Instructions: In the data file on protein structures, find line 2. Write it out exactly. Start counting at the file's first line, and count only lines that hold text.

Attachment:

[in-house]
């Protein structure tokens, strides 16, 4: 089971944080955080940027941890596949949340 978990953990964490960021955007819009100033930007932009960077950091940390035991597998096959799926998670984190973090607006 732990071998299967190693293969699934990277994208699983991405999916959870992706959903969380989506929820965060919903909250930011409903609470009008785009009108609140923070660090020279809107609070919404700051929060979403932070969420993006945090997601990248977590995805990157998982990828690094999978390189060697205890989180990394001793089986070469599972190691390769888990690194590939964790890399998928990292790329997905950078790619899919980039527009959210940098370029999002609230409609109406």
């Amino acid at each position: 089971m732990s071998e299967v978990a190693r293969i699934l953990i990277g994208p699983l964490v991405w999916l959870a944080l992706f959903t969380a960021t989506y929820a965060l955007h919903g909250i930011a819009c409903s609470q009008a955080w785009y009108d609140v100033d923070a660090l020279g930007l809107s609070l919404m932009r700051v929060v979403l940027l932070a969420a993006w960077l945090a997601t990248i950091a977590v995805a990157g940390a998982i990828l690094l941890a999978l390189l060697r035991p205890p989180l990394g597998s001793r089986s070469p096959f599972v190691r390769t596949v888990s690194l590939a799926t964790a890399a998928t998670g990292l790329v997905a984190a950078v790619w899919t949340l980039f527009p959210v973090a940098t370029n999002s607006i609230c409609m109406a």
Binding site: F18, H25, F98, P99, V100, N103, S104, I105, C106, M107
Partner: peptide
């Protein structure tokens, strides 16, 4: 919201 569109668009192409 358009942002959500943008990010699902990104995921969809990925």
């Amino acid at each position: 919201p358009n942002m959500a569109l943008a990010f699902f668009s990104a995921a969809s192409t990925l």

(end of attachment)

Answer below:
């Protein structure tokens, strides 16, 4: 089971944080955080940027941890596949949340 978990953990964490960021955007819009100033930007932009960077950091940390035991597998096959799926998670984190973090607006 732990071998299967190693293969699934990277994208699983991405999916959870992706959903969380989506929820965060919903909250930011409903609470009008785009009108609140923070660090020279809107609070919404700051929060979403932070969420993006945090997601990248977590995805990157998982990828690094999978390189060697205890989180990394001793089986070469599972190691390769888990690194590939964790890399998928990292790329997905950078790619899919980039527009959210940098370029999002609230409609109406």